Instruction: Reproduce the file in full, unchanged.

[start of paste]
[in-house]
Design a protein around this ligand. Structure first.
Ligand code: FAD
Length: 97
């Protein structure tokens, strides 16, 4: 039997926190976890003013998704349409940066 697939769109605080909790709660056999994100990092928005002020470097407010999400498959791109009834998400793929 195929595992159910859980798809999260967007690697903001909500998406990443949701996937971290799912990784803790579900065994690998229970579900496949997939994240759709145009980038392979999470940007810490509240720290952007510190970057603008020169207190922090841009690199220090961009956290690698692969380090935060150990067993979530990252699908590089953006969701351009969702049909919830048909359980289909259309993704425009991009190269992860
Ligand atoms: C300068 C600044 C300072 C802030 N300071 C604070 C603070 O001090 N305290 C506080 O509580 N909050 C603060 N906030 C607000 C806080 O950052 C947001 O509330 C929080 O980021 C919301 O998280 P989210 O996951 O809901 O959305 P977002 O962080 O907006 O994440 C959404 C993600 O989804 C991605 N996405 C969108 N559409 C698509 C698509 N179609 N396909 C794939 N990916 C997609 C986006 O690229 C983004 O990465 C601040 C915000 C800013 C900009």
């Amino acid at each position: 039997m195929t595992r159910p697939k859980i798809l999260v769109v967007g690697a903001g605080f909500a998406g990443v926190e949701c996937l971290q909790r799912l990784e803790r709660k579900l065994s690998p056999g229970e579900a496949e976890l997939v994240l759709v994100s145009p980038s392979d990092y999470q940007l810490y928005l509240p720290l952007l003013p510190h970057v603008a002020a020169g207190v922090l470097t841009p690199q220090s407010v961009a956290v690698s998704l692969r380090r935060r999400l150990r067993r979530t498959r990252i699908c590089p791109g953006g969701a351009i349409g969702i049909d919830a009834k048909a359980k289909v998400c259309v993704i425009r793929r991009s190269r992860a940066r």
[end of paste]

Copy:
[in-house]
Design a protein around this ligand. Structure first.
Ligand code: FAD
Length: 97
């Protein structure tokens, strides 16, 4: 039997926190976890003013998704349409940066 697939769109605080909790709660056999994100990092928005002020470097407010999400498959791109009834998400793929 195929595992159910859980798809999260967007690697903001909500998406990443949701996937971290799912990784803790579900065994690998229970579900496949997939994240759709145009980038392979999470940007810490509240720290952007510190970057603008020169207190922090841009690199220090961009956290690698692969380090935060150990067993979530990252699908590089953006969701351009969702049909919830048909359980289909259309993704425009991009190269992860
Ligand atoms: C300068 C600044 C300072 C802030 N300071 C604070 C603070 O001090 N305290 C506080 O509580 N909050 C603060 N906030 C607000 C806080 O950052 C947001 O509330 C929080 O980021 C919301 O998280 P989210 O996951 O809901 O959305 P977002 O962080 O907006 O994440 C959404 C993600 O989804 C991605 N996405 C969108 N559409 C698509 C698509 N179609 N396909 C794939 N990916 C997609 C986006 O690229 C983004 O990465 C601040 C915000 C800013 C900009």
């Amino acid at each position: 039997m195929t595992r159910p697939k859980i798809l999260v769109v967007g690697a903001g605080f909500a998406g990443v926190e949701c996937l971290q909790r799912l990784e803790r709660k579900l065994s690998p056999g229970e579900a496949e976890l997939v994240l759709v994100s145009p980038s392979d990092y999470q940007l810490y928005l509240p720290l952007l003013p510190h970057v603008a002020a020169g207190v922090l470097t841009p690199q220090s407010v961009a956290v690698s998704l692969r380090r935060r999400l150990r067993r979530t498959r990252i699908c590089p791109g953006g969701a351009i349409g969702i049909d919830a009834k048909a359980k289909v998400c259309v993704i425009r793929r991009s190269r992860a940066r």